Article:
• Does the person fully understand the procedure and have the capacity to consent to the procedure?
  • Does the patient require assistance? If so, we would ask someone to accompany them to their appointment
  • Is the person able to sit up and support themselves at our equipment?
  • Retinal camera’s require someone to be able to place their chin onto a chin rest and sit forward for a few moments. If someone is bed bound or unable to sit forward, please contact our administration team on 1800 992969 to discuss their options

If you are a ward of court for a person requiring screening, then you are legally entitled to give consent on behalf of the person for the screening procedure. Please ensure to bring the necessary legal documentation with you to the screening appointment.

If you change address, please inform our administration team on 1800 992968 as soon as possible. If your new location falls out of our screening area, we will transfer you to the appropriate service

You will receive a letter with your eye screening results within 3 weeks of your appointment. The results will also be sent to your GP and your nominated eye doctor.

Your letter will tell you that you have one of the following:

  • No retinopathy
  • Background retinopathy
  • Pre-proliferative retinopathy
  • Proliferative retinopathy
  • Diabetic macular oedema

No retinopathy

This means no signs of retinopathy were found. You should attend your usual screening appointment next year.

If you have a result of no retinopathy from your previous 2 screenings, your next screening invitation will be 2 years from the time of their last screen.

This will reduce the number of screening appointments and reduce unnecessary clinic visits and examinations.

If your next screening result detects retinopathy, you will be returned to annual screening or referred for treatment.

People who have had 2 consecutive results of no retinopathy have been found to be at very low risk of progressing to retinopathy between screens.

If you have sight problems between screening appointments, get medical advice straight away. Do not wait until your next screening appointment. These changes could include sudden vision loss, sensitivity to light or a deterioration in your vision.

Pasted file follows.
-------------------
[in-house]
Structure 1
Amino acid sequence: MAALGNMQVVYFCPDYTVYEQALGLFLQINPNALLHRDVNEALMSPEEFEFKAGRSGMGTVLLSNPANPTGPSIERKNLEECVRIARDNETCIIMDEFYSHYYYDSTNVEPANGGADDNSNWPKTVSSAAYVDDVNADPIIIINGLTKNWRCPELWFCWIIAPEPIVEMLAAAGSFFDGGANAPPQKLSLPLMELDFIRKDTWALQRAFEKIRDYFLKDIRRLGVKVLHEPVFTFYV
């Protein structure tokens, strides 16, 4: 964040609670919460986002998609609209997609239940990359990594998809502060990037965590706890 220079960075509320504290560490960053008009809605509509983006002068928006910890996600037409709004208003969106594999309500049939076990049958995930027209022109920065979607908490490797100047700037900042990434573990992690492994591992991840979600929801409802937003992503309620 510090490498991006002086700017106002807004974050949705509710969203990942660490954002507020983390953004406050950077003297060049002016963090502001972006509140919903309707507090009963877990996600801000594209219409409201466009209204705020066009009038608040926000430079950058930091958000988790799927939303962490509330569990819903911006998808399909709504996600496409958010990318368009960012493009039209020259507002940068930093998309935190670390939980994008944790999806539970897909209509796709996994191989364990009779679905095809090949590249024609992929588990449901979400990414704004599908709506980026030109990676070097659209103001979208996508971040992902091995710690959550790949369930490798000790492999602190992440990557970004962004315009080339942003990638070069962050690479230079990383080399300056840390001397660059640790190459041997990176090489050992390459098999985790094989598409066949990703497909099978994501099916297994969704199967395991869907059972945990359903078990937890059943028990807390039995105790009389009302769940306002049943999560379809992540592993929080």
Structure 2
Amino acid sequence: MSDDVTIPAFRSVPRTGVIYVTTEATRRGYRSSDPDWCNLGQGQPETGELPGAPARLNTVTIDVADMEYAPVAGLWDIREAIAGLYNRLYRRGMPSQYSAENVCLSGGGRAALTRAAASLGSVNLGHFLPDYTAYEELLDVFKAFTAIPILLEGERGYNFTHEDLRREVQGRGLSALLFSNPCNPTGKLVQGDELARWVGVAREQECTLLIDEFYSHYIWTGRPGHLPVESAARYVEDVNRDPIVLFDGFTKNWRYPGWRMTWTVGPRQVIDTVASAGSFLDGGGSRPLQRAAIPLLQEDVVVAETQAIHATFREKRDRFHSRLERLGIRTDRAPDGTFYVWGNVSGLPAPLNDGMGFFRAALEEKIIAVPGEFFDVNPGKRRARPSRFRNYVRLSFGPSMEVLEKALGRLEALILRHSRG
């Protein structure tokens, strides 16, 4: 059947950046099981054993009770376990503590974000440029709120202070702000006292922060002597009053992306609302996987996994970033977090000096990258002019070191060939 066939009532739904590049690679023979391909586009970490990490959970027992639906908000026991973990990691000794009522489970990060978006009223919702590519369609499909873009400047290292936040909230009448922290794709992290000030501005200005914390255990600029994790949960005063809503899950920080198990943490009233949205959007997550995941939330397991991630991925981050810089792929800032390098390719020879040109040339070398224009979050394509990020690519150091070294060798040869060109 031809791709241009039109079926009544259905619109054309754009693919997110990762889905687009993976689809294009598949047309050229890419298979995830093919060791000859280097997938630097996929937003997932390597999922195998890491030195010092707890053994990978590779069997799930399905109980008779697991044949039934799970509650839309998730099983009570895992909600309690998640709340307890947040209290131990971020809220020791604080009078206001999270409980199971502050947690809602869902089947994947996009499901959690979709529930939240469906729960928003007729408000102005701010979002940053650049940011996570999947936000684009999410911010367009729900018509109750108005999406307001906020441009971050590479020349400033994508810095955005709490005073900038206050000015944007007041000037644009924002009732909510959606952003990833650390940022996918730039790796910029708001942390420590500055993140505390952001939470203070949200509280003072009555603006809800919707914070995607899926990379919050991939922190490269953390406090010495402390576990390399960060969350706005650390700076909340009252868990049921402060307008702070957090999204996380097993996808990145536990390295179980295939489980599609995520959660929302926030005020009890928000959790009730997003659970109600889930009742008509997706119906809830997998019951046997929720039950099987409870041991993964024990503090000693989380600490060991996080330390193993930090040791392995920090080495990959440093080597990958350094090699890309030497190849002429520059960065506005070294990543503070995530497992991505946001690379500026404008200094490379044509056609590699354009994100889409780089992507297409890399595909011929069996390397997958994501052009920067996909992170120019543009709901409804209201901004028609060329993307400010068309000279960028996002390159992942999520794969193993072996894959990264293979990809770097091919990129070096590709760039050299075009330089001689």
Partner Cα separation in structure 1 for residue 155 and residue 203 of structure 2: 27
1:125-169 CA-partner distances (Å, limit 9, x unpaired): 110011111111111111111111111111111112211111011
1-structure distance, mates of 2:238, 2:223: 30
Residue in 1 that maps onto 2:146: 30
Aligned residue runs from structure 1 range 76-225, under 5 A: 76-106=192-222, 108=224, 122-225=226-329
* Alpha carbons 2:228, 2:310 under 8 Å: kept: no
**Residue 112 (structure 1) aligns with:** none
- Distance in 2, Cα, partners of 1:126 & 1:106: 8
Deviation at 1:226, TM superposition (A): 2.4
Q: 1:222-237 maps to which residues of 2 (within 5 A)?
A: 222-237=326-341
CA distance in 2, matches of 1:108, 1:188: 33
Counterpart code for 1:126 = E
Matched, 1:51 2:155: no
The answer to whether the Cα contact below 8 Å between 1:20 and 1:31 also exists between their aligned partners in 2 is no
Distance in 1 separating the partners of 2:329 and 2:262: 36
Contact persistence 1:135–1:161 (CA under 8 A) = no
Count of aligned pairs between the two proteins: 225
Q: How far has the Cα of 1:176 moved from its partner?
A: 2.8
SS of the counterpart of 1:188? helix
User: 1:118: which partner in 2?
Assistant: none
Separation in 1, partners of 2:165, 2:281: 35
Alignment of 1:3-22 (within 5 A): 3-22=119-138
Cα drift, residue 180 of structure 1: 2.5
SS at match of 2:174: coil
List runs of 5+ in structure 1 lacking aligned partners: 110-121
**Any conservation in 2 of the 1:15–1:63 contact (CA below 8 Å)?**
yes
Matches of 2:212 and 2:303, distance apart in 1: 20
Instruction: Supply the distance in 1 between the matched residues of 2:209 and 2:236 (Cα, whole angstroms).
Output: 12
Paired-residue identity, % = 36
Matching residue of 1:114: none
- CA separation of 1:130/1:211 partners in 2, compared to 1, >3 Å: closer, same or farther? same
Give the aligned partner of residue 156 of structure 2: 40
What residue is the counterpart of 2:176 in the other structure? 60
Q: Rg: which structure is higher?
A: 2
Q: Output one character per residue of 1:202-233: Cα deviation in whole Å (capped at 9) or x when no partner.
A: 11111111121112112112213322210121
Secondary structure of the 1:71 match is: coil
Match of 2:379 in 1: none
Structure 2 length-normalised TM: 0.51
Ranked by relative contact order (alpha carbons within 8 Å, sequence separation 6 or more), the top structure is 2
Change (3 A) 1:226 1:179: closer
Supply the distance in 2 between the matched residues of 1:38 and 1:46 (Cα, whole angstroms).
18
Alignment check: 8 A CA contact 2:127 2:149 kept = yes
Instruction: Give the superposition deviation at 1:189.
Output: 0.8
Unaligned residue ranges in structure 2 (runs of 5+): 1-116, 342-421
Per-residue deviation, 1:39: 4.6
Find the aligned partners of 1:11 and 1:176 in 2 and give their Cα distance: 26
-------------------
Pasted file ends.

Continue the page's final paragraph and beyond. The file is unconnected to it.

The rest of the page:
Background retinopathy

This means you have minor signs of retinopathy. You do not need treatment, but you’ll need to take care to prevent the problem getting worse. It’s important that you go to your usual screening appointment next year.

Pre-proliferative retinopathy

This means you have changes to your retina due to diabetes. We will refer you to an eye specialist in a diabetic retinopathy clinic. They will send you an appointment letter so you can be closely monitored.

Proliferative retinopathy

This means you have significant changes to your retina which may result in loss of vision.

A referral will be made on your behalf to an ophthalmology clinic.

It is very important that you attend this appointment for treatment.

Diabetic macular oedema

This means blood vessels have leaked fluid into the centre of your retina (called the macula) causing swelling.

A referral will be made on your behalf to an ophthalmology clinic.

It is important that you attend this appointment for treatment.

Many eye conditions will be reviewed similarly. Unless the eye screening service is specifically informed by the eye hospital that your Diabetic Retinopathy is being managed by them, you will be invited for community screening.